No room for complacency in fight against fraudsters, says KPMG

Annette Barker, Partner and Head of Consulting in the North at KPMG,
Annette Barker, Partner and Head of Consulting in the North at KPMG,
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Yorkshire and the North East has witnessed a fall in the value of fraud cases heard in the region’s courts over the last six months, according to the latest KPMG Fraud Barometer.

The value of fraud cases reaching court during the first half of 2019 was £18.2 million, compared with £54.4 million during the same period last year. The number of cases in the first six months of the year also fell, decreasing from 31 to 25.

The fall can be attributed to a significant decrease in the value of management fraud – down from £37.7 million to £9.1 million – despite there only being two fewer cases than the eight heard in the same period last year. The decrease in value is partially due to a £21.0 million investment fraud in the first half of 2018.

Professional criminals continue to be the most likely perpetrator of fraud, accounting for a third (36 per cent) of cases heard with a value of more than £100,000.

Annette Barker, partner and head of consulting in the North at KPMG, said: “A fall in the value and frequency of fraud might be welcome, but we shouldn’t become complacent. Quite simply, the fight against fraudsters is far from over. The latest stats simply show that the threats that we all face are constantly changing, and so vigilance and preparation are key.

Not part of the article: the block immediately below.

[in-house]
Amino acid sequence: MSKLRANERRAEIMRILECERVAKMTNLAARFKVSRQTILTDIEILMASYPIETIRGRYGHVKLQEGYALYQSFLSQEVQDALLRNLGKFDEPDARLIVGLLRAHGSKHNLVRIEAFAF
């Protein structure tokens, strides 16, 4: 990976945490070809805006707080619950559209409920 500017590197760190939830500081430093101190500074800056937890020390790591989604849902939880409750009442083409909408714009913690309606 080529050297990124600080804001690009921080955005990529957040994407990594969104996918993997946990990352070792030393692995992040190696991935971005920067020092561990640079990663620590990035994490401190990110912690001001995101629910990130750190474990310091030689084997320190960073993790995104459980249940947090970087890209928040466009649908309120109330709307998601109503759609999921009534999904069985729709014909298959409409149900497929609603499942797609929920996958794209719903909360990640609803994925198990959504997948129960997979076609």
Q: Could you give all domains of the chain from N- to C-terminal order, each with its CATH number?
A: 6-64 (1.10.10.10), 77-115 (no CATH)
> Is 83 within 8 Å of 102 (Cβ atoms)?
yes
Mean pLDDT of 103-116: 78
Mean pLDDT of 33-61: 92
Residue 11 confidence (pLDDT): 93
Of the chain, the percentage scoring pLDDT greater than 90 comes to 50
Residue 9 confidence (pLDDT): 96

“Businesses remain a popular target for fraudsters, with examples of VAT fraud and embezzlement serving as a reminder that internal controls are just as important as protecting from external threats.”

Cases to reach the region’s courts during this period included:

A practice manager in York who admitted carrying out a fraud involving more than £596,000 at the GP surgery where she worked.

A Bradford family that narrowly escaped prison for its part in a £500,000 counterfeit clothing conspiracy that breached the trademarks of brands including the Arctic Monkeys and Motorhead.

Harrogate-based PPI claims bosses who stole £1million of client money and treated themselves to lavish holidays, luxury cars and private schooling for their children. Both received suspended prison sentences.

A fraudster who was jailed for three years after scamming an elderly North Yorkshire woman out of £400,000 by convincing her that her bank account was under attack.